you prick your finger on something sharp. This causes tissue damage, which is registered by microscopic pain receptors (nociceptors) in your skin. Each pain receptor forms one end of a nerve cell (neurone). It is connected to the other end in the spinal cord by a long nerve fibre or axon. When the pain receptor is activated, it sends an electrical signal up the nerve fibre.
The nerve fibre is bundled with many others to form a peripheral nerve. The electrical signal passes up the neurone within the peripheral nerve to reach the spinal cord in the neck.
Within an area of the spinal cord called the dorsal horn, the electrical signals are transmitted from one neurone to another across junctions (synapses) by means of chemical messengers (neurotransmitters). Signals are then passed up the spinal cord to the brain.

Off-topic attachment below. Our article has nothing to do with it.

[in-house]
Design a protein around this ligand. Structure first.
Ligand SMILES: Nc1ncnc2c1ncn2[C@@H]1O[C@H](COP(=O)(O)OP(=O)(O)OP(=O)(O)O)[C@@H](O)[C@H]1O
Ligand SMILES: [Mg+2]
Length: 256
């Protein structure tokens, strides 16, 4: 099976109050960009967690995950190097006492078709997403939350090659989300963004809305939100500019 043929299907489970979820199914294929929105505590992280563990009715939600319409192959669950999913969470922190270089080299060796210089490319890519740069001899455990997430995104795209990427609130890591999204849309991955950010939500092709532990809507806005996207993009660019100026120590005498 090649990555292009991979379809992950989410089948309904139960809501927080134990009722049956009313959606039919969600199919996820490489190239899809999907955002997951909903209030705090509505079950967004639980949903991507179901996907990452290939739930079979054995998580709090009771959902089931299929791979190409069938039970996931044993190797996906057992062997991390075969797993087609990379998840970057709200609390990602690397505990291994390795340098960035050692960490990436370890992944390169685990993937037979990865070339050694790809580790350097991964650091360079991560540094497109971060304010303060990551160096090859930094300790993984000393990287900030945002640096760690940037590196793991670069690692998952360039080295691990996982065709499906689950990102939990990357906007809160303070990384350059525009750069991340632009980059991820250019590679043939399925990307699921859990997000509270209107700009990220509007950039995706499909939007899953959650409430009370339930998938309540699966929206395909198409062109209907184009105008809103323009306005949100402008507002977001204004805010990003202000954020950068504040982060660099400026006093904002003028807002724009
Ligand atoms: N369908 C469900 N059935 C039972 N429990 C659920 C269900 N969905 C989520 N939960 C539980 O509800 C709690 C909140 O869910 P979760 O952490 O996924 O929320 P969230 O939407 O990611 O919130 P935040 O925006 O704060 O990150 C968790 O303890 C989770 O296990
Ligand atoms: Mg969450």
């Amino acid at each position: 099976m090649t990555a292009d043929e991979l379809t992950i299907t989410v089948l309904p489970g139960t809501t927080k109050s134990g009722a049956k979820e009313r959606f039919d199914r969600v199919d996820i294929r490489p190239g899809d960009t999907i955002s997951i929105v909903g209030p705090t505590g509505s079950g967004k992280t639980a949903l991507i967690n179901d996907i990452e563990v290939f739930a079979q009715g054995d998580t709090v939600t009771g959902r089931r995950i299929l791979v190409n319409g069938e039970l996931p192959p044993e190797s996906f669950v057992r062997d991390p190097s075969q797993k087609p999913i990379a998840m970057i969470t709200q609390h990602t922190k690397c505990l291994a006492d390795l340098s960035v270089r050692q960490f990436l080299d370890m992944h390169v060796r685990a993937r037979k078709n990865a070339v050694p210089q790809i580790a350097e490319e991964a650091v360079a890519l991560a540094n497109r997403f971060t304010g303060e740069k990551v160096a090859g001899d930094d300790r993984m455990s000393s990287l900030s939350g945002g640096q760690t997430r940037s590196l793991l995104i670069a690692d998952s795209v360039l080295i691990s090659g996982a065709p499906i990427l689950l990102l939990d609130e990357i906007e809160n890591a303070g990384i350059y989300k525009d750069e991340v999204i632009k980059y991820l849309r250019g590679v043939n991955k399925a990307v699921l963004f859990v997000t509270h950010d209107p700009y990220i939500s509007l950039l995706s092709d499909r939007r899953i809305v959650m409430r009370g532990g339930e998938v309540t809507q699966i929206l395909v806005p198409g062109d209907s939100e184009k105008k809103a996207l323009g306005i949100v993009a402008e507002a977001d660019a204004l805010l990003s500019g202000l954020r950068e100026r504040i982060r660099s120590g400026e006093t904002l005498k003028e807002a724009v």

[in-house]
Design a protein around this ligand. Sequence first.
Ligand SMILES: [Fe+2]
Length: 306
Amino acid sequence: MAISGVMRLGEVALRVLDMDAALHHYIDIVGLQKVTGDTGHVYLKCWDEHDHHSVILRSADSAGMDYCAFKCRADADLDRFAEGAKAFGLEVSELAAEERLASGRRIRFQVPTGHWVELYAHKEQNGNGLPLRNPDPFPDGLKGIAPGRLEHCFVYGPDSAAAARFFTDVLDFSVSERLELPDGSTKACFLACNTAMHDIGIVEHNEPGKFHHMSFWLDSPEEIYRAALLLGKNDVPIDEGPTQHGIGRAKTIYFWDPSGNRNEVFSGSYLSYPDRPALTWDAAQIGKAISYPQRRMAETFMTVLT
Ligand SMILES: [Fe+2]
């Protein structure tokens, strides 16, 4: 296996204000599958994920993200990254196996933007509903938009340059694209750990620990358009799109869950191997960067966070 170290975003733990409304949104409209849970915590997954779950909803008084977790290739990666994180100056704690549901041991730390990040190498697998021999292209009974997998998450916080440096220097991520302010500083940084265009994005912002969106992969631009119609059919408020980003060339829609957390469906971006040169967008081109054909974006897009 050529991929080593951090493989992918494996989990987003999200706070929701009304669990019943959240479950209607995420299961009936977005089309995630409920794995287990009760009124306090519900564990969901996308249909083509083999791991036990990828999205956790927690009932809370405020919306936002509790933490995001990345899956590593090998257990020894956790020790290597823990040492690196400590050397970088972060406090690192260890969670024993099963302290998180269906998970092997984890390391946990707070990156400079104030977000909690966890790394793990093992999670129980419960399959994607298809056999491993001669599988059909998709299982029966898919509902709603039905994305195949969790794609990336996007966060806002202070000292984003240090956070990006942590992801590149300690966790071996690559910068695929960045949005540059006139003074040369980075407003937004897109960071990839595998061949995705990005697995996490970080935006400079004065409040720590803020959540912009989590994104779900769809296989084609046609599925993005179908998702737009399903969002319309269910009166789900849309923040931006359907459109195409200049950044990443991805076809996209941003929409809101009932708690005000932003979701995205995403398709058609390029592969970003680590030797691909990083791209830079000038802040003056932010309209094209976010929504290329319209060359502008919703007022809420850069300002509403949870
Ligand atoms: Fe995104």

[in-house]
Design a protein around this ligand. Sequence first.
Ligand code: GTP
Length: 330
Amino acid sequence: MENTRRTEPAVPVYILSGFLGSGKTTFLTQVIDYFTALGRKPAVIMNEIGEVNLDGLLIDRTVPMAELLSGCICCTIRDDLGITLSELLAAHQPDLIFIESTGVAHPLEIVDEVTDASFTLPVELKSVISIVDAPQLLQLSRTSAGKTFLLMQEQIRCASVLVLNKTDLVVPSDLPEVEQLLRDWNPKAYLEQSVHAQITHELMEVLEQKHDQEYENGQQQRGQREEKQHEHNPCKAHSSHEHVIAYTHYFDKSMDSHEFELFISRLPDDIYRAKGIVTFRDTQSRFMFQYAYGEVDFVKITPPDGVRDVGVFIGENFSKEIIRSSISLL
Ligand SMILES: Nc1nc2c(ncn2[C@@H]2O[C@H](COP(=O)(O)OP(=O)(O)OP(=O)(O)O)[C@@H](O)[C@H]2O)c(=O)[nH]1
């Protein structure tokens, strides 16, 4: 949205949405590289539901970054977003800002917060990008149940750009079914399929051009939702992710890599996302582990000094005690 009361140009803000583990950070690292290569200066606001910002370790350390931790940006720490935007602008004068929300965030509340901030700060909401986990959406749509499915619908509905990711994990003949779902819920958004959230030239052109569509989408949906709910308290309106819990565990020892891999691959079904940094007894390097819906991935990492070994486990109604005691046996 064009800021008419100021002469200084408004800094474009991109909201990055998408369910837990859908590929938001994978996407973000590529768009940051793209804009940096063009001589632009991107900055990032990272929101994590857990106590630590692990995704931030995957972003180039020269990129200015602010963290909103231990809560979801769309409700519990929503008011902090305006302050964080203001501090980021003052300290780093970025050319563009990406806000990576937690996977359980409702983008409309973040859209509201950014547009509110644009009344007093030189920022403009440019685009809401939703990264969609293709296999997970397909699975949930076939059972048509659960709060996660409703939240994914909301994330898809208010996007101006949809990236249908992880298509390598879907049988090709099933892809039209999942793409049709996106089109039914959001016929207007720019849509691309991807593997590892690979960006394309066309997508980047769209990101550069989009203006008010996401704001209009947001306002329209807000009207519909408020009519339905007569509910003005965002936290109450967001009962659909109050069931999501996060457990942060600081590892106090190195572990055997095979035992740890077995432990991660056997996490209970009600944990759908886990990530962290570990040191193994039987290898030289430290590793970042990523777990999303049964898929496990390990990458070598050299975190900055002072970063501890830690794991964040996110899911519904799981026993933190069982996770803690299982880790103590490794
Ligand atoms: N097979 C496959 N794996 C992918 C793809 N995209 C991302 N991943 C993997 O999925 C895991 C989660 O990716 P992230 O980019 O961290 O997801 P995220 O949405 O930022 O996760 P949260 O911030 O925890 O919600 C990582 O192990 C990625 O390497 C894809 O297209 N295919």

In the brain, the signals pass to the thalamus. This is a sorting station that relays the signals on to different parts of the brain. Signals are sent to the somatosensory cortex (responsible for physical sensation), the frontal cortex (in charge of thinking), and the limbic system (linked to emotions).
The end result is that you feel a sensation of pain in your finger, think ‘Ouch! What was that?’ or something similar, and react emotionally to the pain; e.g. you feel annoyed or irritated.